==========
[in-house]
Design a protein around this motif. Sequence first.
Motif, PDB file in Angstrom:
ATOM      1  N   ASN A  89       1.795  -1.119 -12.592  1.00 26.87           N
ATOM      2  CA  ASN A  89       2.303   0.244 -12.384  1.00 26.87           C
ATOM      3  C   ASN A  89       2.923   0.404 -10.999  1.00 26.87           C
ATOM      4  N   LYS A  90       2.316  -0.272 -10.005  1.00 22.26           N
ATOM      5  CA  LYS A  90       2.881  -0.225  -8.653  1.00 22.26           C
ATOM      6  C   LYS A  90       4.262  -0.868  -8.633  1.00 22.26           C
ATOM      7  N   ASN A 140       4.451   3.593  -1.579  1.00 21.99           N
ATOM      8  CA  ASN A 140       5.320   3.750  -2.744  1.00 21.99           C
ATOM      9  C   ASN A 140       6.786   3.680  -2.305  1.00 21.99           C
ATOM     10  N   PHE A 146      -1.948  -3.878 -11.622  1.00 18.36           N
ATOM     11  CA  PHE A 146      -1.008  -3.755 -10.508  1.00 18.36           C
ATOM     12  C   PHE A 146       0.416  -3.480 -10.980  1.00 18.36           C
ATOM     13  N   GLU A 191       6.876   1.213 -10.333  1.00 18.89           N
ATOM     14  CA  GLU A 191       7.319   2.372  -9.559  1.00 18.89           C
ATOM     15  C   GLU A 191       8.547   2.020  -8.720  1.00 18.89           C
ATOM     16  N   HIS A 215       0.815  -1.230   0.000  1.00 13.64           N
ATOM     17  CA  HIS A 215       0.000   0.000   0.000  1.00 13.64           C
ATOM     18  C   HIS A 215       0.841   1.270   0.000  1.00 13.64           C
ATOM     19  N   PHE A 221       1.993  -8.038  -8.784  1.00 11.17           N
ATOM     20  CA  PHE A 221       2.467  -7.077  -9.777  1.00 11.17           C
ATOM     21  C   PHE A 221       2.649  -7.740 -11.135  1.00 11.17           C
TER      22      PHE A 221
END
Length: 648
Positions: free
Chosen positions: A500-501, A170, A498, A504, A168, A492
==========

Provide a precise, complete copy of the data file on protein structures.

[in-house]
Design a protein around this motif. Sequence first.
Motif, PDB file in Angstrom:
ATOM      1  N   ASN A  89       1.795  -1.119 -12.592  1.00 26.87           N
ATOM      2  CA  ASN A  89       2.303   0.244 -12.384  1.00 26.87           C
ATOM      3  C   ASN A  89       2.923   0.404 -10.999  1.00 26.87           C
ATOM      4  N   LYS A  90       2.316  -0.272 -10.005  1.00 22.26           N
ATOM      5  CA  LYS A  90       2.881  -0.225  -8.653  1.00 22.26           C
ATOM      6  C   LYS A  90       4.262  -0.868  -8.633  1.00 22.26           C
ATOM      7  N   ASN A 140       4.451   3.593  -1.579  1.00 21.99           N
ATOM      8  CA  ASN A 140       5.320   3.750  -2.744  1.00 21.99           C
ATOM      9  C   ASN A 140       6.786   3.680  -2.305  1.00 21.99           C
ATOM     10  N   PHE A 146      -1.948  -3.878 -11.622  1.00 18.36           N
ATOM     11  CA  PHE A 146      -1.008  -3.755 -10.508  1.00 18.36           C
ATOM     12  C   PHE A 146       0.416  -3.480 -10.980  1.00 18.36           C
ATOM     13  N   GLU A 191       6.876   1.213 -10.333  1.00 18.89           N
ATOM     14  CA  GLU A 191       7.319   2.372  -9.559  1.00 18.89           C
ATOM     15  C   GLU A 191       8.547   2.020  -8.720  1.00 18.89           C
ATOM     16  N   HIS A 215       0.815  -1.230   0.000  1.00 13.64           N
ATOM     17  CA  HIS A 215       0.000   0.000   0.000  1.00 13.64           C
ATOM     18  C   HIS A 215       0.841   1.270   0.000  1.00 13.64           C
ATOM     19  N   PHE A 221       1.993  -8.038  -8.784  1.00 11.17           N
ATOM     20  CA  PHE A 221       2.467  -7.077  -9.777  1.00 11.17           C
ATOM     21  C   PHE A 221       2.649  -7.740 -11.135  1.00 11.17           C
TER      22      PHE A 221
END
Length: 648
Positions: free
Chosen positions: A500-501, A170, A498, A504, A168, A492